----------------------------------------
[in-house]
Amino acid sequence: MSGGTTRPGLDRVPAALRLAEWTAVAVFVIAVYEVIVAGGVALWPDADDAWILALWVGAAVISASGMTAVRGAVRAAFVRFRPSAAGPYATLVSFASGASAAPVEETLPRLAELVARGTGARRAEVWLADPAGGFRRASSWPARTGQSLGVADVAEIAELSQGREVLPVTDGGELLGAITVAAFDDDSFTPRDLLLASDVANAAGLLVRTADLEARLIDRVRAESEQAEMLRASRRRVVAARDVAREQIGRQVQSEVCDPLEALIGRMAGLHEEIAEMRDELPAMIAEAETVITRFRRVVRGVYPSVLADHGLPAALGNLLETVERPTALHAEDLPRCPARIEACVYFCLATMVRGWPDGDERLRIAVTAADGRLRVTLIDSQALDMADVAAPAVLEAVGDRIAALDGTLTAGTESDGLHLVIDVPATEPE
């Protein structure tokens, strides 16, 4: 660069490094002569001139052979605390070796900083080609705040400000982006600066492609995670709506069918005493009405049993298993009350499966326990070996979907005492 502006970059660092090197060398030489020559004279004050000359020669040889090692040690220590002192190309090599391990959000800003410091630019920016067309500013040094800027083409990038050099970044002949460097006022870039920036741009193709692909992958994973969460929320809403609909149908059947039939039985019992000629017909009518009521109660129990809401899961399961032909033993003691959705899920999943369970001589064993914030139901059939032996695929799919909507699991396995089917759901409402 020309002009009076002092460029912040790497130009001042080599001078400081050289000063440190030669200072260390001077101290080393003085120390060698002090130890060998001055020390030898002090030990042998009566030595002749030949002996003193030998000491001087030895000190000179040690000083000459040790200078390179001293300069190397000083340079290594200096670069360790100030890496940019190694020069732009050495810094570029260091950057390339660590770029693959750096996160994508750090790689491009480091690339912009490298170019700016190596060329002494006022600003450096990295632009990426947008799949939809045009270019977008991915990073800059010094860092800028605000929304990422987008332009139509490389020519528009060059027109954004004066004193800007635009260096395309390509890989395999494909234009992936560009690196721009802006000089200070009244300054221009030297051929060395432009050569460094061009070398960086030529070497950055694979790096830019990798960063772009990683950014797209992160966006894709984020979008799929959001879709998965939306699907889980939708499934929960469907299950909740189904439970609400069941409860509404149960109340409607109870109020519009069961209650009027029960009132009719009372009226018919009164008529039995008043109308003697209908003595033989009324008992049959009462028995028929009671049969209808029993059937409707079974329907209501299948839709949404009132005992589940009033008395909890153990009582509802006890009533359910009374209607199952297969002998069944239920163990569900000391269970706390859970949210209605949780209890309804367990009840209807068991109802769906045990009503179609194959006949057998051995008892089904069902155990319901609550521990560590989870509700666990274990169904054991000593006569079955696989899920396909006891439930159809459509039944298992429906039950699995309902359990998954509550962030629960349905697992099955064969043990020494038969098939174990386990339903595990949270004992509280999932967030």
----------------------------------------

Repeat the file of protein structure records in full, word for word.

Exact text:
[in-house]
Amino acid sequence: MSGGTTRPGLDRVPAALRLAEWTAVAVFVIAVYEVIVAGGVALWPDADDAWILALWVGAAVISASGMTAVRGAVRAAFVRFRPSAAGPYATLVSFASGASAAPVEETLPRLAELVARGTGARRAEVWLADPAGGFRRASSWPARTGQSLGVADVAEIAELSQGREVLPVTDGGELLGAITVAAFDDDSFTPRDLLLASDVANAAGLLVRTADLEARLIDRVRAESEQAEMLRASRRRVVAARDVAREQIGRQVQSEVCDPLEALIGRMAGLHEEIAEMRDELPAMIAEAETVITRFRRVVRGVYPSVLADHGLPAALGNLLETVERPTALHAEDLPRCPARIEACVYFCLATMVRGWPDGDERLRIAVTAADGRLRVTLIDSQALDMADVAAPAVLEAVGDRIAALDGTLTAGTESDGLHLVIDVPATEPE
């Protein structure tokens, strides 16, 4: 660069490094002569001139052979605390070796900083080609705040400000982006600066492609995670709506069918005493009405049993298993009350499966326990070996979907005492 502006970059660092090197060398030489020559004279004050000359020669040889090692040690220590002192190309090599391990959000800003410091630019920016067309500013040094800027083409990038050099970044002949460097006022870039920036741009193709692909992958994973969460929320809403609909149908059947039939039985019992000629017909009518009521109660129990809401899961399961032909033993003691959705899920999943369970001589064993914030139901059939032996695929799919909507699991396995089917759901409402 020309002009009076002092460029912040790497130009001042080599001078400081050289000063440190030669200072260390001077101290080393003085120390060698002090130890060998001055020390030898002090030990042998009566030595002749030949002996003193030998000491001087030895000190000179040690000083000459040790200078390179001293300069190397000083340079290594200096670069360790100030890496940019190694020069732009050495810094570029260091950057390339660590770029693959750096996160994508750090790689491009480091690339912009490298170019700016190596060329002494006022600003450096990295632009990426947008799949939809045009270019977008991915990073800059010094860092800028605000929304990422987008332009139509490389020519528009060059027109954004004066004193800007635009260096395309390509890989395999494909234009992936560009690196721009802006000089200070009244300054221009030297051929060395432009050569460094061009070398960086030529070497950055694979790096830019990798960063772009990683950014797209992160966006894709984020979008799929959001879709998965939306699907889980939708499934929960469907299950909740189904439970609400069941409860509404149960109340409607109870109020519009069961209650009027029960009132009719009372009226018919009164008529039995008043109308003697209908003595033989009324008992049959009462028995028929009671049969209808029993059937409707079974329907209501299948839709949404009132005992589940009033008395909890153990009582509802006890009533359910009374209607199952297969002998069944239920163990569900000391269970706390859970949210209605949780209890309804367990009840209807068991109802769906045990009503179609194959006949057998051995008892089904069902155990319901609550521990560590989870509700666990274990169904054991000593006569079955696989899920396909006891439930159809459509039944298992429906039950699995309902359990998954509550962030629960349905697992099955064969043990020494038969098939174990386990339903595990949270004992509280999932967030």